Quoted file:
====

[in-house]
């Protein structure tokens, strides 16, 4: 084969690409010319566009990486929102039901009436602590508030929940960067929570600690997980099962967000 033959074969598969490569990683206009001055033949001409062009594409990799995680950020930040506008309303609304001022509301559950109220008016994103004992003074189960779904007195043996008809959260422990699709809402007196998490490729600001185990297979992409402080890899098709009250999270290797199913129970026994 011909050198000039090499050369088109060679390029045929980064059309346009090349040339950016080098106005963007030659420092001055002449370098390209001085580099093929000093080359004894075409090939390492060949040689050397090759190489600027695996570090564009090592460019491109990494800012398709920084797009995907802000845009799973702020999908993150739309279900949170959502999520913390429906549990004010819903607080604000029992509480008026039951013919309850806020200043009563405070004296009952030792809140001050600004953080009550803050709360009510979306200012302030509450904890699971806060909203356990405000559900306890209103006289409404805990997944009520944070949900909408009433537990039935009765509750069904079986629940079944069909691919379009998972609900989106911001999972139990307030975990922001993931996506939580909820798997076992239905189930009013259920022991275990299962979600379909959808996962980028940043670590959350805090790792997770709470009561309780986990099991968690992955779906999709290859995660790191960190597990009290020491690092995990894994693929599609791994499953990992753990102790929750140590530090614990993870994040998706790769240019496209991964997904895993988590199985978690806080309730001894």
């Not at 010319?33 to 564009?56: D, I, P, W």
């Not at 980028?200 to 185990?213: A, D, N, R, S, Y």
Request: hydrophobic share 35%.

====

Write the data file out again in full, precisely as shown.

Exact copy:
[in-house]
């Protein structure tokens, strides 16, 4: 084969690409010319566009990486929102039901009436602590508030929940960067929570600690997980099962967000 033959074969598969490569990683206009001055033949001409062009594409990799995680950020930040506008309303609304001022509301559950109220008016994103004992003074189960779904007195043996008809959260422990699709809402007196998490490729600001185990297979992409402080890899098709009250999270290797199913129970026994 011909050198000039090499050369088109060679390029045929980064059309346009090349040339950016080098106005963007030659420092001055002449370098390209001085580099093929000093080359004894075409090939390492060949040689050397090759190489600027695996570090564009090592460019491109990494800012398709920084797009995907802000845009799973702020999908993150739309279900949170959502999520913390429906549990004010819903607080604000029992509480008026039951013919309850806020200043009563405070004296009952030792809140001050600004953080009550803050709360009510979306200012302030509450904890699971806060909203356990405000559900306890209103006289409404805990997944009520944070949900909408009433537990039935009765509750069904079986629940079944069909691919379009998972609900989106911001999972139990307030975990922001993931996506939580909820798997076992239905189930009013259920022991275990299962979600379909959808996962980028940043670590959350805090790792997770709470009561309780986990099991968690992955779906999709290859995660790191960190597990009290020491690092995990894994693929599609791994499953990992753990102790929750140590530090614990993870994040998706790769240019496209991964997904895993988590199985978690806080309730001894």
């Not at 010319?33 to 564009?56: D, I, P, W």
């Not at 980028?200 to 185990?213: A, D, N, R, S, Y």
Request: hydrophobic share 35%.